4. Conclusions of the Equality Officer

4.1. The issue for decision in this case is whether the complainant was discriminatorily dismissed within the meaning of the Acts.

4.2. In evaluating the evidence before me, I must first consider whether the complainant has established a prima facie case pursuant to S. 85A of the Acts. The Labour Court has held consistently that the facts from which the occurrence of discrimination may be inferred must be of “sufficient significance” before a prima facie case is established and the burden of proof shifts to the respondent.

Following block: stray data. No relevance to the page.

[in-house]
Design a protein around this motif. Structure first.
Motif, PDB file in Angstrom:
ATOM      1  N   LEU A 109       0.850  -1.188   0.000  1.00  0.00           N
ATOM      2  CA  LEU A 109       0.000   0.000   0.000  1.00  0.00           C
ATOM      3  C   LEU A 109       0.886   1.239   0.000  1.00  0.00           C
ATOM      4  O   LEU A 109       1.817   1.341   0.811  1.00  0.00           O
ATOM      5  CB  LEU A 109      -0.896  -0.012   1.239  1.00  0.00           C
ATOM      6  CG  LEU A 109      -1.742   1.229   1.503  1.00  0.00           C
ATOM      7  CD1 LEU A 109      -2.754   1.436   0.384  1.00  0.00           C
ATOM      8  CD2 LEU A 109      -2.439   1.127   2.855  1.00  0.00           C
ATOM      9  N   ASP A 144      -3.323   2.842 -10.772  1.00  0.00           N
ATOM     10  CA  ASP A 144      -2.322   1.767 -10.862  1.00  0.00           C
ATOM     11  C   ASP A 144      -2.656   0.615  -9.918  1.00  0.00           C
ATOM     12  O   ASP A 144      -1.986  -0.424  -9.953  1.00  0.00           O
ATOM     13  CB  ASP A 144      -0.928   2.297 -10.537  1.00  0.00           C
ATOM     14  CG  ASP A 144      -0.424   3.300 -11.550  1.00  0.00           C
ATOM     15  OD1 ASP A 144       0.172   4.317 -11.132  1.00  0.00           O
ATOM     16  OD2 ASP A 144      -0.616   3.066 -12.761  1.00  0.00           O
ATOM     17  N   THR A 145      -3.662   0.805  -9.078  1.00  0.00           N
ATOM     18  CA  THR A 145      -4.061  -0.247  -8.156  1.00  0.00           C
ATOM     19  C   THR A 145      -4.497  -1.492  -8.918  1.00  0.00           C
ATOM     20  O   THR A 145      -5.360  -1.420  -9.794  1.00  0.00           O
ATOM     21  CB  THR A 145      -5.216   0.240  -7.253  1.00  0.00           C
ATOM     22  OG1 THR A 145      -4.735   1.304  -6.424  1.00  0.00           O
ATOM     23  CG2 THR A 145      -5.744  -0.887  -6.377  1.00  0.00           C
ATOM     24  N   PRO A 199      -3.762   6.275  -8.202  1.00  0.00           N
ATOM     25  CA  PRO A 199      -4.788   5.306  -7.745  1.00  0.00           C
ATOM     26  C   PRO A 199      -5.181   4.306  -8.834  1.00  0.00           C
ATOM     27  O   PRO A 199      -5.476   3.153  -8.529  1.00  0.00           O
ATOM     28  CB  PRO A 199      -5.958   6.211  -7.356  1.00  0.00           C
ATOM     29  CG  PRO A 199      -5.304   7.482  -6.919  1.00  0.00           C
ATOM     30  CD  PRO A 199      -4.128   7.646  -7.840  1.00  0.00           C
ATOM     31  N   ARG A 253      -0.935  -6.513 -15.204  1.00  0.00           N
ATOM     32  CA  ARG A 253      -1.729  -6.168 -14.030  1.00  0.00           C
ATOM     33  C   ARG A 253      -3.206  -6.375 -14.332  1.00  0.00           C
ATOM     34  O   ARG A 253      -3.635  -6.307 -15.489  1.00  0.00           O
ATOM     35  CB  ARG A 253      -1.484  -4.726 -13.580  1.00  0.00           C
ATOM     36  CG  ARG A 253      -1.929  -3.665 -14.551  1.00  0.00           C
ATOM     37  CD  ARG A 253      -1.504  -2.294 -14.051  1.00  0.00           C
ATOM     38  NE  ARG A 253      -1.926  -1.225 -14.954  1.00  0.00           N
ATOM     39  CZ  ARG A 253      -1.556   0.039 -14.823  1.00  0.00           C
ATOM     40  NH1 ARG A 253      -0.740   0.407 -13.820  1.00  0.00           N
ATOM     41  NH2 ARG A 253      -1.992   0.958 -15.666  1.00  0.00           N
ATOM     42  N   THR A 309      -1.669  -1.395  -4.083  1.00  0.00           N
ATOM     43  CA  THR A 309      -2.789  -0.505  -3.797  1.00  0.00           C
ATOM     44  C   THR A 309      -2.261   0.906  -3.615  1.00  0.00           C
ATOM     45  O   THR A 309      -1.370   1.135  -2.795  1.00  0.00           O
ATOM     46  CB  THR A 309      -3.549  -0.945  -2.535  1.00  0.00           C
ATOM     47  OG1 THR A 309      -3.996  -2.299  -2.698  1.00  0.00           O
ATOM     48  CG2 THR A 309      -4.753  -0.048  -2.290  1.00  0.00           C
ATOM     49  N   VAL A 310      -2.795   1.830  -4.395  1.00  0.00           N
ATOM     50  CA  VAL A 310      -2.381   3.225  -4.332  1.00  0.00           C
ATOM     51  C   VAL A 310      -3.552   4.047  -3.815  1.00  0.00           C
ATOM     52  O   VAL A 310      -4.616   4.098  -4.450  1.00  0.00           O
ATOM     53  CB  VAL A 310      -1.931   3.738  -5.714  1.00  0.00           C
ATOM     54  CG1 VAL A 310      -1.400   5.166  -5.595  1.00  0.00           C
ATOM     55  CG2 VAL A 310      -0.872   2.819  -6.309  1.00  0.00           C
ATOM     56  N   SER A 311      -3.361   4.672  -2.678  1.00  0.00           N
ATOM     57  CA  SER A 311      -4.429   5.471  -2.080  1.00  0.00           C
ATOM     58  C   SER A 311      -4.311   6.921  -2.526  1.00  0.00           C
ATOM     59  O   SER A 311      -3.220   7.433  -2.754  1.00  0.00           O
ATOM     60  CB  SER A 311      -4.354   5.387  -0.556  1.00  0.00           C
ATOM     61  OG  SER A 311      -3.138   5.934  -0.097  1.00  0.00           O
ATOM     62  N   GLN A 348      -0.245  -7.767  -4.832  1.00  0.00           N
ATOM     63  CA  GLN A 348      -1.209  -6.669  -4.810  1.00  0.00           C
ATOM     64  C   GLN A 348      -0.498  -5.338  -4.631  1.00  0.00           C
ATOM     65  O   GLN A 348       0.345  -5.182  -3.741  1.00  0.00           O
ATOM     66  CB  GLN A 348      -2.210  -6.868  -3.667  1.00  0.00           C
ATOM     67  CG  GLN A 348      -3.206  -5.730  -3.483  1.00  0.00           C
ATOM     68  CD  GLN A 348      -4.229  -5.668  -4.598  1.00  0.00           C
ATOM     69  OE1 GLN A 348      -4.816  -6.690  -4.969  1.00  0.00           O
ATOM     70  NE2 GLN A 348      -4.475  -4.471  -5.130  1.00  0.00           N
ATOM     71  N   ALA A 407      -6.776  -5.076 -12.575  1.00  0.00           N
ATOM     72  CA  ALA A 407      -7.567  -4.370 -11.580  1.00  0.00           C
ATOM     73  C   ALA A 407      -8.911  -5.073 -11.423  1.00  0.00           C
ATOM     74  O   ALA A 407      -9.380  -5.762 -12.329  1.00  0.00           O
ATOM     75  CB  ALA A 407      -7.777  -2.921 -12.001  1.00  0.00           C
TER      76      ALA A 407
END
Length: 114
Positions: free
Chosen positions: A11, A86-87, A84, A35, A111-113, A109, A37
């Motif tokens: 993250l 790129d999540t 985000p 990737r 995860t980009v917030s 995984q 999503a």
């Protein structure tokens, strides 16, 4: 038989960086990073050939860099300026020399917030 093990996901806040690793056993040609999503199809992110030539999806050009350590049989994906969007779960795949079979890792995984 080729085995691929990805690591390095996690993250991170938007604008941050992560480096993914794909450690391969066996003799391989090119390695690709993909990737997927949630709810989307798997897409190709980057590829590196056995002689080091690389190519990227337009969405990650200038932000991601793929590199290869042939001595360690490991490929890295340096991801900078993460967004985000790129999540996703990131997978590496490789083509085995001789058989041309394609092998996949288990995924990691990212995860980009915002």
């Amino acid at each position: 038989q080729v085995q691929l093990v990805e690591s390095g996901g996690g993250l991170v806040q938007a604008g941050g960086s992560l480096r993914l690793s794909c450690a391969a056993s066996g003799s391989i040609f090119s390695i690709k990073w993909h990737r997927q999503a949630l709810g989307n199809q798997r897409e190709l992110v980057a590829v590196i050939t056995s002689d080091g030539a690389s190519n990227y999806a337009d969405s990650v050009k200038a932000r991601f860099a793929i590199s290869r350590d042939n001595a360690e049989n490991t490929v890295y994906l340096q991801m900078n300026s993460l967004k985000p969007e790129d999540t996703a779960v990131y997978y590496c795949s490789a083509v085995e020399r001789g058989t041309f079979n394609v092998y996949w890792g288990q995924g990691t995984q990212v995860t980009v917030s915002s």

4.3. In coming to my decision, I have considered all oral and written evidence presented to me by the parties.

4.4. First, the case on hand has been brought under the Employment Equality Acts 1998-2011, and I therefore have no jurisdiction to examine the facts in light of the provisions of the Maternity Protection Acts, or case law pertaining to them. Counsel’s application is therefore moot.


To continue reading

Request your trial

VLEX uses login cookies to provide you with a better browsing experience. If you click on 'Accept' or continue browsing this site we consider that you accept our cookie policy. ACCEPT